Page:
The Airbus forecast, also released at on the opening day at Farnborough, is a bit less bullish on the number of aircraft that will be needed. According to the Airbus forecast, in the next 20 years (2016-2035), passenger traffic will grow at an average 4.5% a year, driving a need for over 33,000 new aircraft above 100 seats (32,425 passenger & 645 freighters greater than 10 metric tons) worth $5.2 trillion. By 2035, the world’s aircraft fleet will have doubled from today’s 19,500 aircraft to almost 40,000. Some 13,000 passenger and freighter aircraft will be replaced with more fuel efficient types.

Boeing says the single-aisle market will be especially strong, with low-cost carriers and emerging markets driving growth. 28,140 new airplanes will be needed in this segment, an increase of more than 5 percent over last year.

"There's no question the heart of the single-aisle market is around the new Boeing MAX 8 and the current 737-800. Airplanes that size already account for 76 percent of the global single-aisle backlog, and our products have the clear advantage in that space."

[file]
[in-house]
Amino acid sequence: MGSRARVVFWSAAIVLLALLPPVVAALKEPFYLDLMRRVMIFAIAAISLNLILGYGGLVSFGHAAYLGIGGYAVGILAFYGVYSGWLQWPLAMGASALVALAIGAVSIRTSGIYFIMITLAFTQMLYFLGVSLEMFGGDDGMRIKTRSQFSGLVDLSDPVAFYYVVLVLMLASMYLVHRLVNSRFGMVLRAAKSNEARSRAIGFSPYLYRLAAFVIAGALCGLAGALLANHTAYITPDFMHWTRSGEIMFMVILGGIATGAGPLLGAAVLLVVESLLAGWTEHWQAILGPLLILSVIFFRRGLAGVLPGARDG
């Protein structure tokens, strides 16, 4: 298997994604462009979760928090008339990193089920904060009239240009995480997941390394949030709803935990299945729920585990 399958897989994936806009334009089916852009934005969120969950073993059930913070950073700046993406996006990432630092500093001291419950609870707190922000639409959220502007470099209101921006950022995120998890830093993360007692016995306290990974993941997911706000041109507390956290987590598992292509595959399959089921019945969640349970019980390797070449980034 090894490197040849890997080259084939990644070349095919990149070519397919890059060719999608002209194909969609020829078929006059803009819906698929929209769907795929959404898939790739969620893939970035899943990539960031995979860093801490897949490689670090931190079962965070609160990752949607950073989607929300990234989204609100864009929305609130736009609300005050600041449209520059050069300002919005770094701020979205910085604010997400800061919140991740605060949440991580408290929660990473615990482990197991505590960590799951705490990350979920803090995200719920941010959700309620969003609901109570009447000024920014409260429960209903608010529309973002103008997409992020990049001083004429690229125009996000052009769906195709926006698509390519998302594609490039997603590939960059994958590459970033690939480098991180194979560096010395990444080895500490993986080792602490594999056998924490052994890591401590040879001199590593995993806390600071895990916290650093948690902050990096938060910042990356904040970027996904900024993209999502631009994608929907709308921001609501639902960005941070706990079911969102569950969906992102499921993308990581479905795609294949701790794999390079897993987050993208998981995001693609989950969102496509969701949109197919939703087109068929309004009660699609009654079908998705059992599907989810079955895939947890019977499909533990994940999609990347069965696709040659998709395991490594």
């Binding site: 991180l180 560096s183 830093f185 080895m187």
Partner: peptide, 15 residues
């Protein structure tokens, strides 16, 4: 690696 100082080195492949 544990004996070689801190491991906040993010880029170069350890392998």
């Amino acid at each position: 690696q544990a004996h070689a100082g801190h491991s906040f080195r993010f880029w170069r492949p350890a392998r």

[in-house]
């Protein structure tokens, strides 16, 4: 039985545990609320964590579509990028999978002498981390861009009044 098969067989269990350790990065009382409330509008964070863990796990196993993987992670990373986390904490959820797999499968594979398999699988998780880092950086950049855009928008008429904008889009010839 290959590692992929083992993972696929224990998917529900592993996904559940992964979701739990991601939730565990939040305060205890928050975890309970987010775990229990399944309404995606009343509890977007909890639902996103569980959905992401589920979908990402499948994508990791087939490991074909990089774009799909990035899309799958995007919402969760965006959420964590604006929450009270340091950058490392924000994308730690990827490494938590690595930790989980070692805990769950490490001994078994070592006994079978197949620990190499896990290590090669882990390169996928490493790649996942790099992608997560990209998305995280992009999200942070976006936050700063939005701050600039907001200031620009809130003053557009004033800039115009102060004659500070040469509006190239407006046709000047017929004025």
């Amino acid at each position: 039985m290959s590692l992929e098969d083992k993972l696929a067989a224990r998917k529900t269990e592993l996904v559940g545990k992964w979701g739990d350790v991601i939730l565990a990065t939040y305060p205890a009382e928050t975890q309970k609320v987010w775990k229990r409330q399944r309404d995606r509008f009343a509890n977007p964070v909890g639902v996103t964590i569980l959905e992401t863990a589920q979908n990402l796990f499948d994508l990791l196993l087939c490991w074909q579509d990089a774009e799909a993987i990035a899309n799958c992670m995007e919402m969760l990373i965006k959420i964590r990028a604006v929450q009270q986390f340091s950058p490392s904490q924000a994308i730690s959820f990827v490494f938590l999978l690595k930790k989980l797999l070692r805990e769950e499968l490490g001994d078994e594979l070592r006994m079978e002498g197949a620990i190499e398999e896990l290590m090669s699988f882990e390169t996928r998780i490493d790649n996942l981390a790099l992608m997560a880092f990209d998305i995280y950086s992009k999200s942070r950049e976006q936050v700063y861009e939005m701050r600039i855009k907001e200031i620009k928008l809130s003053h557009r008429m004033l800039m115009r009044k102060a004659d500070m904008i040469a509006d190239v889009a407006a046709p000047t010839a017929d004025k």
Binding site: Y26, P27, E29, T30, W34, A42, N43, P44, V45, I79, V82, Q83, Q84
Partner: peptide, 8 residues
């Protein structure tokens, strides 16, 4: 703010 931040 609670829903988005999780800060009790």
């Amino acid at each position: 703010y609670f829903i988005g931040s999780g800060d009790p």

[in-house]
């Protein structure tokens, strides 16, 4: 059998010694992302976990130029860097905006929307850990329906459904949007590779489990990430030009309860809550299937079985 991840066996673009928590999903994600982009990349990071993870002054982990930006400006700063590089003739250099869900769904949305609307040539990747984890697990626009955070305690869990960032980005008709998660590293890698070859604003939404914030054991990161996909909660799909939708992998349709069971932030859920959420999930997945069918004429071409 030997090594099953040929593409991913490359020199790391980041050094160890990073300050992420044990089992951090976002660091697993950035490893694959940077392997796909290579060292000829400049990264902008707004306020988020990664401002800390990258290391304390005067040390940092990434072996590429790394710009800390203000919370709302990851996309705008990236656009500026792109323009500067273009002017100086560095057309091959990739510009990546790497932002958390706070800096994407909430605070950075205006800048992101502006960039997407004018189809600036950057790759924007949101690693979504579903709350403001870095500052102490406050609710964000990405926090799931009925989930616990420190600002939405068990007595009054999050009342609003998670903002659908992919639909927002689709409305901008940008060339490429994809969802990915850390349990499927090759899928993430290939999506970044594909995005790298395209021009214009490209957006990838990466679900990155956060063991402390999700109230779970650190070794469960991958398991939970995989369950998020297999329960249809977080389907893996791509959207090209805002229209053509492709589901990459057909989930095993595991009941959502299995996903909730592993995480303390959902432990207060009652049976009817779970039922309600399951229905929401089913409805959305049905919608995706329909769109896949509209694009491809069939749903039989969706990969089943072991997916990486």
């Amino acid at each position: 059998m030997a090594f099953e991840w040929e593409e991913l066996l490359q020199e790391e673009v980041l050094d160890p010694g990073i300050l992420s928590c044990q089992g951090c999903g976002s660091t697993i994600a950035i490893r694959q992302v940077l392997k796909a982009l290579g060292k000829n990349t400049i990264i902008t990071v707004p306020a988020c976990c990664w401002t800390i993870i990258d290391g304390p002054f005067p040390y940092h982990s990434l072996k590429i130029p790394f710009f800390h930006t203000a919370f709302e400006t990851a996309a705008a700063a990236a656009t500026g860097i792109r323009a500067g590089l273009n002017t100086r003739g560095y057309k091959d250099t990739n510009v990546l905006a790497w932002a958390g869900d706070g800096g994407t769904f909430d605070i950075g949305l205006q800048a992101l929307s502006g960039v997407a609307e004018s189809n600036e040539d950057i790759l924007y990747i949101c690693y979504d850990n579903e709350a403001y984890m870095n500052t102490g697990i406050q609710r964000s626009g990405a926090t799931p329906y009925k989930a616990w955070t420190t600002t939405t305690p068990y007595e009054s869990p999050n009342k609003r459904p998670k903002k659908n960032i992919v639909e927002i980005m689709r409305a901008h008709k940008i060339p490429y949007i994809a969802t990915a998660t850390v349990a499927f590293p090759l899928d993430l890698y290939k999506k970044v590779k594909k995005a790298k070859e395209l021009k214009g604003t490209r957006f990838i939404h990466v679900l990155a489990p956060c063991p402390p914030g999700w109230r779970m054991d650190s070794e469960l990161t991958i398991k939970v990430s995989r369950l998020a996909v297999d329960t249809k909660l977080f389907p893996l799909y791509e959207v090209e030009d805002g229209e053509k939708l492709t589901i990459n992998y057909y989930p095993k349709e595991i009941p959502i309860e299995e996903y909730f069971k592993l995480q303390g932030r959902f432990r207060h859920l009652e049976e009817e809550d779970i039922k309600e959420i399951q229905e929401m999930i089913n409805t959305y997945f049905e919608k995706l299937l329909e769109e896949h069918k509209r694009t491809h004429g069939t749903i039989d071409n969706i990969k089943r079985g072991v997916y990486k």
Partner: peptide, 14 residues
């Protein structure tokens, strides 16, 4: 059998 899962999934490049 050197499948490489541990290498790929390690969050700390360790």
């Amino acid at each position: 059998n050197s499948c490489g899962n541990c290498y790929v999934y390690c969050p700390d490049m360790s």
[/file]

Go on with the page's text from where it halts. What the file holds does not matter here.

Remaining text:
Airbus forecasts a need for over 23,500 new aircraft worth $2.4 trillion. This represents 71 percent of all new units. Asia Pacific will take 39 percent of these deliveries.

On the widebody side, 9,100 airplanes are in the forecast, with a large wave of potential replacement demand in the 2021- 2028 time frame. Boeing projects a continued shift from very large airplanes to small and medium widebodies.

Airbus also forecasts a trend towards higher capacity aircraft and forecasts a requirement for over 9,500 widebody passenger and freighter aircraft over the next 20 years, valued at some $2.8 trillion. This represents 29% of all new aircraft deliveries and 54% by value. Most widebody deliveries (46 percent) will be in the Asia Pacific region.

With cargo traffic forecasted to grow at 4.2 percent per year, Boeing projects the need for 930 new freighters and 1,440 converted freighters.